Q: What are the factors that would influence your acceptance of a job offer if one were extended?  Add: “Everyone has career choices – we get that. Meeting your needs would be important to us. If we were to make you an offer, we would need to understand what’s important to you in your decision-making process. (Examples: money, responsibilities, ‘fit’, etc.) So, in order of importance to you, what are the top five factors that would influence your decision about an offer?”

Q: To be motivated about your work, what’s important to you?  Add: “Where at all possible, we want to make sure that we meet our employee’s needs by doing our part to help them achieve what’s important to them. What are the five most important factors for you in being fully motivated in your work?  Please list them in descending order of importance”

Q: Tell us what works best when it comes to managing you? Add: “We want to make sure that every new employee has the best chance of succeeding in our municipality. You can help us with that goal by outlining the best ways to manage you. Here are some examples of ‘how to manage me’ factors: I appreciate constructive feedback, this is what a reward looks like to me, I am okay with this amount of supervision, the best way to   communicate with me is and this is the  leadership style works best for me. Please help us understand the most effective and optimal approach with you.”

Q: List and rank the capabilities that you bring to this job. Add: “It’s important to fully understand the strengths of each new hire and how they match the requirements for the job. So, given the four important categories of knowledge, experience, education, and skills, can you please list in descending order what you have found to be your strongest five capabilities that will make you a top performer in the job?” (As an option, if you are concerned about weaknesses, you can also add this question: “Based on past manager assessments, 360s, and appraisals, what is the top job-related area where you need to improve the most, and what actions are you taking to improve in that area?”)


Smart HR managers are aware that, thanks to social media, sample interview questions of all types are now readily available to almost anyone. This means that if you work for a large municipality or almost any municipality that employs someone trained in Human Resources, candidates can now come pretty close to finding the actual interview questions you will use (and most likely the best answers) that were asked by hiring managers in other municipalities.

So, if your municipality is like most municipalities, and you rely on typical interview questions, chances are, you will be getting fully rehearsed answers.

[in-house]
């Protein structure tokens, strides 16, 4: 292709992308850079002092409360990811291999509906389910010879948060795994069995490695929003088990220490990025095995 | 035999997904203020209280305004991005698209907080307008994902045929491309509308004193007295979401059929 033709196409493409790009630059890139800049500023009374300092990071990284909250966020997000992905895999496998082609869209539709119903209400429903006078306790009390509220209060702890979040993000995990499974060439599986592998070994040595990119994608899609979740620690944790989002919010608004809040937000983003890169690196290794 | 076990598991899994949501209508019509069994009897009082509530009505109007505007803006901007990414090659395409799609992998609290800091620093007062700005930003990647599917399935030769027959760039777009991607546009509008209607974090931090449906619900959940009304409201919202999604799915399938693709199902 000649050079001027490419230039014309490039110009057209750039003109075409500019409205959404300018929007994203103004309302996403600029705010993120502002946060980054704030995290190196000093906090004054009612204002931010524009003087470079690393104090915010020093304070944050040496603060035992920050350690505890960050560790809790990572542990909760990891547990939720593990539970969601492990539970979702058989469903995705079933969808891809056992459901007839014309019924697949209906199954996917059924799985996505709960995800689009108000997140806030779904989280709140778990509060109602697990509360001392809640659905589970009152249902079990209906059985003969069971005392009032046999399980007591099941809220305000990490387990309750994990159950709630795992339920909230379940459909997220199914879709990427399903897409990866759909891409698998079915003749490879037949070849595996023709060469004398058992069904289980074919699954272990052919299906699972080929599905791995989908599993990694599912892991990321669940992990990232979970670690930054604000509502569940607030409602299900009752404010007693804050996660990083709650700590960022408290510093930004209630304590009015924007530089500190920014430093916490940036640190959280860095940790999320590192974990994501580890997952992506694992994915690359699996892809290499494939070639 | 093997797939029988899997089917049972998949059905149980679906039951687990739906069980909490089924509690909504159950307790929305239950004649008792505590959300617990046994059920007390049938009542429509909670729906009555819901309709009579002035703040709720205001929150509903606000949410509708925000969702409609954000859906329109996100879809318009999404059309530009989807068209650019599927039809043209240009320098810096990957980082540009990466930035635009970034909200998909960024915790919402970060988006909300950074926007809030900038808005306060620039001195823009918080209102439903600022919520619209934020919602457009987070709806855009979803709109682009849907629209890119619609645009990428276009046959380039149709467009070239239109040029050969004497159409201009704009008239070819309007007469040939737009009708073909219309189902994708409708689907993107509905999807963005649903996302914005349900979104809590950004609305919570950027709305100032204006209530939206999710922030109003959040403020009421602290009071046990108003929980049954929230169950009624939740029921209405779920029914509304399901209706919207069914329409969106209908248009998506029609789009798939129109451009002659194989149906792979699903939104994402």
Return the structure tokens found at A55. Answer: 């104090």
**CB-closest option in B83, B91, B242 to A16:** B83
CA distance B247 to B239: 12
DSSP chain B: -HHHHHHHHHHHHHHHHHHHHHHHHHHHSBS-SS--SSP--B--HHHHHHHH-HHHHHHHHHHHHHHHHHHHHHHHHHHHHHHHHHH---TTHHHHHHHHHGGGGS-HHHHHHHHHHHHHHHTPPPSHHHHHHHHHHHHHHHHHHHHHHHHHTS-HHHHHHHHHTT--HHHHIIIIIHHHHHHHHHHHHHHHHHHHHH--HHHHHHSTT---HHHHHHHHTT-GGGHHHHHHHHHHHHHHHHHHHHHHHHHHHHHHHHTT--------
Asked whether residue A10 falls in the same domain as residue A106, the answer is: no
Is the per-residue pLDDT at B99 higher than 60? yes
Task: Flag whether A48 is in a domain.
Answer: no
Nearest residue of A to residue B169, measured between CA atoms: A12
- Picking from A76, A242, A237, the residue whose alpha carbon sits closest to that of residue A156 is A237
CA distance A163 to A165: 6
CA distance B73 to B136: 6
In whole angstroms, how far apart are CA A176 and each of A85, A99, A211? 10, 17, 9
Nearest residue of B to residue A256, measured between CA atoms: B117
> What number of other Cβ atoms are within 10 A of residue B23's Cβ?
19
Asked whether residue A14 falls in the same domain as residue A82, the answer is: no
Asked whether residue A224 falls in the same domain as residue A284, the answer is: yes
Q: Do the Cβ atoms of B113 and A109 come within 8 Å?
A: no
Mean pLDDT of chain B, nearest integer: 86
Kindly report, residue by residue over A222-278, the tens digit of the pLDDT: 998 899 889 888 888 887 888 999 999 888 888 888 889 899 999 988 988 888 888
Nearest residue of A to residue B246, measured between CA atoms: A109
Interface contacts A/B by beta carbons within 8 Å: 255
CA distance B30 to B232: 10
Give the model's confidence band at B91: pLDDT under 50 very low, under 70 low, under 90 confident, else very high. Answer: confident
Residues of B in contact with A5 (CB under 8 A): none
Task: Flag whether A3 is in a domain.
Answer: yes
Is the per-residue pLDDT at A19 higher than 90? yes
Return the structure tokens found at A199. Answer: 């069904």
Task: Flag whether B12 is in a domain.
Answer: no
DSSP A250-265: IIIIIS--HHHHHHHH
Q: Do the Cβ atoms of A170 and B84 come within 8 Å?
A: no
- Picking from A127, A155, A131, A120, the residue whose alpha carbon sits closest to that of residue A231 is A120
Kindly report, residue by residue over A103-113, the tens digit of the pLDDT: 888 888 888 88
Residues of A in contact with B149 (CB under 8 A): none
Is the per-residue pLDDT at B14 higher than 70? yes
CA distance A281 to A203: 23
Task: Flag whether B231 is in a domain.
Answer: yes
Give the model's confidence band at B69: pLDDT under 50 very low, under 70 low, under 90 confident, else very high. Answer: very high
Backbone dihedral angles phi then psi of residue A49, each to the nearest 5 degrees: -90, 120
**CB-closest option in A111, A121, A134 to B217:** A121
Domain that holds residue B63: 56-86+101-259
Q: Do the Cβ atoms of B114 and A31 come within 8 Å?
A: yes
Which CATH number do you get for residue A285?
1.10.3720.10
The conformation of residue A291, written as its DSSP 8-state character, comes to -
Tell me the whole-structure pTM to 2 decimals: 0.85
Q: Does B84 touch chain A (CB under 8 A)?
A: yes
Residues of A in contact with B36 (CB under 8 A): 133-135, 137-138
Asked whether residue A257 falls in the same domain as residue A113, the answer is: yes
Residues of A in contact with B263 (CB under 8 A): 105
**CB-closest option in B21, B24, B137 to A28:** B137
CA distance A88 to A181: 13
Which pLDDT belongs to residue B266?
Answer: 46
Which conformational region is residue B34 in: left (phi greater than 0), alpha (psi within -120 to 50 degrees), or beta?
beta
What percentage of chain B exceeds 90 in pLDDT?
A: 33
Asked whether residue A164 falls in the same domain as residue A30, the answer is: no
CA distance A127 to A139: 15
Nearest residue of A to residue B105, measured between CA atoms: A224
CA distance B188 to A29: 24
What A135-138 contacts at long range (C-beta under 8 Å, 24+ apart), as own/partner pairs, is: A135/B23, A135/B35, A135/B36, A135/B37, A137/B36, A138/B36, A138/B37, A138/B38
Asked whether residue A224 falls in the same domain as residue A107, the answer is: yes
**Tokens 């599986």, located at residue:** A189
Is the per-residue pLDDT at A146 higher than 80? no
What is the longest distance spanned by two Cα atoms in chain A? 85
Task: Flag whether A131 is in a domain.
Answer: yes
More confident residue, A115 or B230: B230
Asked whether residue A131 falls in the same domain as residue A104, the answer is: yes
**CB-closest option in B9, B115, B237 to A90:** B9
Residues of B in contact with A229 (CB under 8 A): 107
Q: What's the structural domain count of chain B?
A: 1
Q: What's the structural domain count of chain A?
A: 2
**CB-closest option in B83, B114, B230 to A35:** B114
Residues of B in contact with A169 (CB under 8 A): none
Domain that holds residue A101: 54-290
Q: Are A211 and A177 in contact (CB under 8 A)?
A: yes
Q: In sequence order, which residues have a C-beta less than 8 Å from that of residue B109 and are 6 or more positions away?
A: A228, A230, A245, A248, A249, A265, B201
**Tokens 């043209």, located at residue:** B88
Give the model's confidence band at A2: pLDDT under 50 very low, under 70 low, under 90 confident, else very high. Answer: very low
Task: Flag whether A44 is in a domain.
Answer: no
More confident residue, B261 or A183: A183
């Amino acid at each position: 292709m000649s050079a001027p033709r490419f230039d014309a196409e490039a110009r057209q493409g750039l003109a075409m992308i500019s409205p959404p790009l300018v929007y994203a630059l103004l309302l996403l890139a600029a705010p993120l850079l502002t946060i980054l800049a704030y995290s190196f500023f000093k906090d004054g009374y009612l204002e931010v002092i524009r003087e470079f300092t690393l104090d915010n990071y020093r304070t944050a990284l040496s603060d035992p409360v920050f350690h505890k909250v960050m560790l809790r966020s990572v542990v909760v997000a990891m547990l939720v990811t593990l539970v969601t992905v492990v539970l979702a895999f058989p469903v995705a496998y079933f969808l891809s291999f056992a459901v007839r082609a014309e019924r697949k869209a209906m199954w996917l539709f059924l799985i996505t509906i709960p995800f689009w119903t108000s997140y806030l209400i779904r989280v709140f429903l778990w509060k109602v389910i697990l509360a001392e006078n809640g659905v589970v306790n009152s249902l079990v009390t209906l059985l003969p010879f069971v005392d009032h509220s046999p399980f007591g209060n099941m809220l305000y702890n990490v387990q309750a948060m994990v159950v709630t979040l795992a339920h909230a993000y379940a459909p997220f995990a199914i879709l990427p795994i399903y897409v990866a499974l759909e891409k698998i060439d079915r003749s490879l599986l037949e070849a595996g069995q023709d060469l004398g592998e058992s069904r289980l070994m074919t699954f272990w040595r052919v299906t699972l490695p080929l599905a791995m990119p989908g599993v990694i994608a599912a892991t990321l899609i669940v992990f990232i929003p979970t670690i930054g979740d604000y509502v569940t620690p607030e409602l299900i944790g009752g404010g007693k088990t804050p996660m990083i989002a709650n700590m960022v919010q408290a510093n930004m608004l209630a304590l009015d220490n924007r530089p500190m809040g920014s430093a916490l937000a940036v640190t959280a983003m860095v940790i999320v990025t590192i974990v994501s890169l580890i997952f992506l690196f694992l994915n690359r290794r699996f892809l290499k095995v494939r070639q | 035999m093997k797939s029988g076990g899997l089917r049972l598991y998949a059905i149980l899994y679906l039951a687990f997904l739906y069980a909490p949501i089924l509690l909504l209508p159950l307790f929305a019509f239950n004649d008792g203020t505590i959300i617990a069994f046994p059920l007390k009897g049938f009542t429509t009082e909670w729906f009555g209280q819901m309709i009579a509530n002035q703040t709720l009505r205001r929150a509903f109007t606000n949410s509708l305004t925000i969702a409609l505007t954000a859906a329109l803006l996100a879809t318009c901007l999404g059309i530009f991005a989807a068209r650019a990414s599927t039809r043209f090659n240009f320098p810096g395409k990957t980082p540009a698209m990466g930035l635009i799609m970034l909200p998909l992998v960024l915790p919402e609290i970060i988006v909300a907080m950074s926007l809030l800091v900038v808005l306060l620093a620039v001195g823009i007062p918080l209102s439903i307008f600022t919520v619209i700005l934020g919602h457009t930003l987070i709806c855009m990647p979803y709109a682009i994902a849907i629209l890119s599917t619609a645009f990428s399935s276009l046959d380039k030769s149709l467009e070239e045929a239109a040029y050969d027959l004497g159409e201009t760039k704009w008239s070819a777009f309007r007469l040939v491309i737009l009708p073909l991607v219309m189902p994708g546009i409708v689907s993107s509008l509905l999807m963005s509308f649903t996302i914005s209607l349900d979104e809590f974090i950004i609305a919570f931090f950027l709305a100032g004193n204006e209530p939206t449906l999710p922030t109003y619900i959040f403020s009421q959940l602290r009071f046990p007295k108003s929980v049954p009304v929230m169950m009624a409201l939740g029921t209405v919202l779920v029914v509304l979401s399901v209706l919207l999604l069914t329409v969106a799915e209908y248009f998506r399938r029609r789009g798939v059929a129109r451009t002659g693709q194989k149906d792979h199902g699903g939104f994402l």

By contrast, I have provided you with some alternatives that, by their nature, make rehearsing more difficult. You will find they work best with the more senior roles in your municipality – professionals whose job it will be to know how to identify and solve problems. Don’t be surprised, however, if after asking these more probing and in-depth questions of the average candidate, you’re met with a blank stare.

Not surprisingly, good questions are only one side of the coin; on the flip side, you’ll also need to know, in advance, what good answers to your more in-depth questions sound like. Determine in advance a range of answers from “really good answers” to “really poor answers” for each; that way, you’ll know in advance when you hear a great answer. As mentioned earlier, if you try out some or all of your questions on a trusted and competent professional in your own organization, this will go a long way toward making you a good judge.

If you use them, you will find, as I have, that top performers and professionals prefer these types of questions over the mundane “tell-me-about-yourself” questions that they normally get.

Whether you use my questions or develop your own, these types of “situational” content questions are the best questions, because they are focused on 1) real life problems, 2) the job the candidate is applying for, and 3) your municipality.

Bruce Malcolm

About the Author ()

Bruce's background includes 30+ years of human resource management experience covering all aspects of HR administration with a clear specialty in team building and recruiting. He created and developed the concept of “Ethical Head-Hunting™”. Bruce began his recruiting career in 1971 with Prudential Assurance.

Comments are closed.

Subscribe to our Newsletter

Receive the latest news and trends in the Municipal industry.

We don't share emails with any third party!